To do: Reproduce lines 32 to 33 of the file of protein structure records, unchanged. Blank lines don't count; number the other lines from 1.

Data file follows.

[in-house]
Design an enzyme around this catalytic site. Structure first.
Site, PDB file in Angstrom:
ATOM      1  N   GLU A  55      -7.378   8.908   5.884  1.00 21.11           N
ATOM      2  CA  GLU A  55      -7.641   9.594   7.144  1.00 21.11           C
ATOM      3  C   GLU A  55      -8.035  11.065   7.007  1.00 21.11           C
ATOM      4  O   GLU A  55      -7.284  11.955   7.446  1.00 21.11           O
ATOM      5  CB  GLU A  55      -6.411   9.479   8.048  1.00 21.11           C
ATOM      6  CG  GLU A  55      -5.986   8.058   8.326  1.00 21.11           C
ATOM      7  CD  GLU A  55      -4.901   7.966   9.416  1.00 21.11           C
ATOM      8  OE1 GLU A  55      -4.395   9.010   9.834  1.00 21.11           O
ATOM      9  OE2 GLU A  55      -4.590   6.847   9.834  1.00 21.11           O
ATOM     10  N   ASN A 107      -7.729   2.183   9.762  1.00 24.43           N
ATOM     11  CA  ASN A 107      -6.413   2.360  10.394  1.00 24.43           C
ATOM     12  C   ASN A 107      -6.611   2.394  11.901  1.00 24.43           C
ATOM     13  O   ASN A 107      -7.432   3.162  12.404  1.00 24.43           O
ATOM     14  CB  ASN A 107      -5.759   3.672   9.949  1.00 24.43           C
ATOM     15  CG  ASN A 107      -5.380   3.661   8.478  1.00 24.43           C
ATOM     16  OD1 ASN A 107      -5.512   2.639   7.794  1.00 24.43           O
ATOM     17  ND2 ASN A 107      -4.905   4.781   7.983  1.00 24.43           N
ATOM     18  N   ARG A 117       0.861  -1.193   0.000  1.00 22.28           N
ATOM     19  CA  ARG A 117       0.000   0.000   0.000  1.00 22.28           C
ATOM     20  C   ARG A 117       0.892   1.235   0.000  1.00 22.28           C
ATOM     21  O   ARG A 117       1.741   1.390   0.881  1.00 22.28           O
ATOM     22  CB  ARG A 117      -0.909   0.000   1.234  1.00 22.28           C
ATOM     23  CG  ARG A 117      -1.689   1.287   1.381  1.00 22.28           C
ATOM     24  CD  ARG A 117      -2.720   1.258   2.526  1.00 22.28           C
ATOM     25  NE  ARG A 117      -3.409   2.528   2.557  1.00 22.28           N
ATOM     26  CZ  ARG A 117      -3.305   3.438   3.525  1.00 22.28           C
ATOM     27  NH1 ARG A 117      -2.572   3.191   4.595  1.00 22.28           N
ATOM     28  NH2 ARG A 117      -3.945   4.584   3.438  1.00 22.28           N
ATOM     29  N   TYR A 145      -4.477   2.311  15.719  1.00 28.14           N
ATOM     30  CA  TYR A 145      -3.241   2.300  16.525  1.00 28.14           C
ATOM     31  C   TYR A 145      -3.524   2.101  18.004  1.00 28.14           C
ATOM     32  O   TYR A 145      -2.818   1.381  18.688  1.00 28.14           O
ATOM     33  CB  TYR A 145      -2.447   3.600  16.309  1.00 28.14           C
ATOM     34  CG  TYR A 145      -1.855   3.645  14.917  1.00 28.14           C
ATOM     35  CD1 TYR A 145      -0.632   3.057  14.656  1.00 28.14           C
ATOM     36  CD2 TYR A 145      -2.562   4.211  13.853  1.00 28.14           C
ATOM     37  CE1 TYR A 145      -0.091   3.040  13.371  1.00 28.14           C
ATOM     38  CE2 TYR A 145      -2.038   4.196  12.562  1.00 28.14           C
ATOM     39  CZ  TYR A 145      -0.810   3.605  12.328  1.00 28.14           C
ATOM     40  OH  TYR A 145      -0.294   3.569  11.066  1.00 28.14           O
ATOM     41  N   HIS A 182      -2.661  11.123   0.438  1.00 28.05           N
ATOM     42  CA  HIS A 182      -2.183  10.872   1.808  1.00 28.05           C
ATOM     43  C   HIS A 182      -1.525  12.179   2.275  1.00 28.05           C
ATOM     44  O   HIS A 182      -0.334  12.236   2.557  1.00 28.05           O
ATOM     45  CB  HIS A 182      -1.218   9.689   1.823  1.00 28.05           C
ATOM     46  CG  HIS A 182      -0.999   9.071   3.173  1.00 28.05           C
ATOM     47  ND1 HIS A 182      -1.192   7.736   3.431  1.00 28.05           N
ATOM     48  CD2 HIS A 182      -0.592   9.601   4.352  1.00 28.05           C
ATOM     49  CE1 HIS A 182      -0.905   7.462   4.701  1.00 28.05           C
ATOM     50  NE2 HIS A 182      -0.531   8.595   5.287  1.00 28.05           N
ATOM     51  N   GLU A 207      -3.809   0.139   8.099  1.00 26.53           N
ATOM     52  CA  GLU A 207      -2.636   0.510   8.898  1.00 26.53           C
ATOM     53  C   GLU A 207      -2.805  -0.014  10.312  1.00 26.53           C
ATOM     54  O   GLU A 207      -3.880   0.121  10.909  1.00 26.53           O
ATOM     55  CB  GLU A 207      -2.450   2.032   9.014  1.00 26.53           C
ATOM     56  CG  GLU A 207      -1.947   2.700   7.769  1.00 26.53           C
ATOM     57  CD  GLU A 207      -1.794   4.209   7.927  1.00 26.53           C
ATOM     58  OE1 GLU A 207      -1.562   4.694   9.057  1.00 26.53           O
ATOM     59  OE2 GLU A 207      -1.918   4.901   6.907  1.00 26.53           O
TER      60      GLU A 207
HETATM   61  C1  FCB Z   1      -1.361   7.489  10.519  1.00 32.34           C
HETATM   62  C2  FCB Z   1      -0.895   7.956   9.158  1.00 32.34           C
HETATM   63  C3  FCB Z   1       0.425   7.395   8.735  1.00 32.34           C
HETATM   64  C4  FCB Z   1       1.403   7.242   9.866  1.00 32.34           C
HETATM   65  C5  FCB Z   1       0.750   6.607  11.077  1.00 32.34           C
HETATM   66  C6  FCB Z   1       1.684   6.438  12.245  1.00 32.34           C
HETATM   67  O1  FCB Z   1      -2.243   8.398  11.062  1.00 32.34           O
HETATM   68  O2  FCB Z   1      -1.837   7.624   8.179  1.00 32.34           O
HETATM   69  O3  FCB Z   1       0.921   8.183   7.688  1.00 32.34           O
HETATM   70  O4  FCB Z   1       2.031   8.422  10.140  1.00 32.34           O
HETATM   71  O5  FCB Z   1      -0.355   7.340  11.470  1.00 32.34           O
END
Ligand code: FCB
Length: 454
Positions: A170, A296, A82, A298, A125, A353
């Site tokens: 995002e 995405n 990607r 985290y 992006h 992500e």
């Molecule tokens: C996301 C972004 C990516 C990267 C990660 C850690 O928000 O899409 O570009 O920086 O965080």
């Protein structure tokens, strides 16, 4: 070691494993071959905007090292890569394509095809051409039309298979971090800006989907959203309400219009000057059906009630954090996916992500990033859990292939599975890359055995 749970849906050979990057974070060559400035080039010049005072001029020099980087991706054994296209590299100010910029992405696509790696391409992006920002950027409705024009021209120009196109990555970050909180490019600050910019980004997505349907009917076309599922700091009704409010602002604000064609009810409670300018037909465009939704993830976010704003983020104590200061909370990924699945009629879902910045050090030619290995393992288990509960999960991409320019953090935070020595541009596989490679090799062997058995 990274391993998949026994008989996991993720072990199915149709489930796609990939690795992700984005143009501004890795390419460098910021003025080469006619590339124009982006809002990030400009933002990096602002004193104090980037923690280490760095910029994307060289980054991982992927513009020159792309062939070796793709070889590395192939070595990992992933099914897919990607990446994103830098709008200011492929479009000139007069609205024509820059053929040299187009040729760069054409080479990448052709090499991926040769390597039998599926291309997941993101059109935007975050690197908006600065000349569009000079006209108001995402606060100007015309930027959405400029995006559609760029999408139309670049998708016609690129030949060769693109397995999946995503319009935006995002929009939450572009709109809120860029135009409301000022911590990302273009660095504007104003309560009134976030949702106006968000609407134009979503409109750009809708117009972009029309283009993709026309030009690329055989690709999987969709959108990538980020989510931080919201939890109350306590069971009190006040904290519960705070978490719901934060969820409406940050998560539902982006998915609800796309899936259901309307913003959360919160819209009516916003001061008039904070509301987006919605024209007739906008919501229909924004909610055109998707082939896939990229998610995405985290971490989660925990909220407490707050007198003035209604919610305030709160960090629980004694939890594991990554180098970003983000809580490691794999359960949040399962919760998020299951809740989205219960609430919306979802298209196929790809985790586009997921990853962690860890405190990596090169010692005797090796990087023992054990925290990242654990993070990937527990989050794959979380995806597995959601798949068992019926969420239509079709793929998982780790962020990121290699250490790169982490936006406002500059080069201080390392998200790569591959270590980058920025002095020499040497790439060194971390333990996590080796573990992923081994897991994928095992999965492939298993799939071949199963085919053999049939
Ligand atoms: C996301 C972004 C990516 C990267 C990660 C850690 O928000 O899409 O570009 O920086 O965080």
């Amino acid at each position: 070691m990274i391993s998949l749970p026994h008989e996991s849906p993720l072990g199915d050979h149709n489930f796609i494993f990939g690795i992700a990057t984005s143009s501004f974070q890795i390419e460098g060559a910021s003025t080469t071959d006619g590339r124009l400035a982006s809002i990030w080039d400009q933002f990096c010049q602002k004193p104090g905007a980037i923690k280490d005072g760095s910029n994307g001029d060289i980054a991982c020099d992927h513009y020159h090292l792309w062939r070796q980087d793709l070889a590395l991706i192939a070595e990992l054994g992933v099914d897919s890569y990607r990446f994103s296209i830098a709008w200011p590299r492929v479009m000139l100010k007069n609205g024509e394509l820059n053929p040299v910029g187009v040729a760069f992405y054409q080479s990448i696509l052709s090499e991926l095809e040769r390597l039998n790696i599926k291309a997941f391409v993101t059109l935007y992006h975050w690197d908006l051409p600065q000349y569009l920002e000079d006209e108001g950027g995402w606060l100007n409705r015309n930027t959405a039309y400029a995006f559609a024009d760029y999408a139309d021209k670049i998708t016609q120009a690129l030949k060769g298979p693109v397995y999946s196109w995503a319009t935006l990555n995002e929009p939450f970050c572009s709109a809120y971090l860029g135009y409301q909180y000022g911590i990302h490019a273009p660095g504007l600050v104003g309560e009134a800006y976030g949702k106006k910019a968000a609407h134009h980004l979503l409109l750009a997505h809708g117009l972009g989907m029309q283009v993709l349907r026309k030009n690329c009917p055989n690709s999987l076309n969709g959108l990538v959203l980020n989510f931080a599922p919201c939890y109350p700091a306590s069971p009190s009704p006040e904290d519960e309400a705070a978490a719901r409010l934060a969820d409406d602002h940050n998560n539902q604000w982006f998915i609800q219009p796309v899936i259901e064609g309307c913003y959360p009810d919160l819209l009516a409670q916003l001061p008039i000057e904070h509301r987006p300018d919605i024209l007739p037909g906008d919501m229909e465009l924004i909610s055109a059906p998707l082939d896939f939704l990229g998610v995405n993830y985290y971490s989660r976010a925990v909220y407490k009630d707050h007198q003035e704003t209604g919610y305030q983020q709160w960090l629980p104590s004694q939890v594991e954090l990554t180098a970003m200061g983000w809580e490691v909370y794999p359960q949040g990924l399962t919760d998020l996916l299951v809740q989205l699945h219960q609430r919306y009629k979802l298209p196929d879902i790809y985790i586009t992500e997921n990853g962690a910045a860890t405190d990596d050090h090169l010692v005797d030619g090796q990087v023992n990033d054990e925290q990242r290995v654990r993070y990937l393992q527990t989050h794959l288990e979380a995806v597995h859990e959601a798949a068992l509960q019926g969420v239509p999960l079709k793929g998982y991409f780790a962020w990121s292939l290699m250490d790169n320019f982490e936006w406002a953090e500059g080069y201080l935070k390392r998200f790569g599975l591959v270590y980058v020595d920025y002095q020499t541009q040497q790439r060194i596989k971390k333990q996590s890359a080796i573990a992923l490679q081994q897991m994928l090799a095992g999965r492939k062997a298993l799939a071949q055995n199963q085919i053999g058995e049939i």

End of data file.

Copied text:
ATOM     29  N   TYR A 145      -4.477   2.311  15.719  1.00 28.14           N
ATOM     30  CA  TYR A 145      -3.241   2.300  16.525  1.00 28.14           C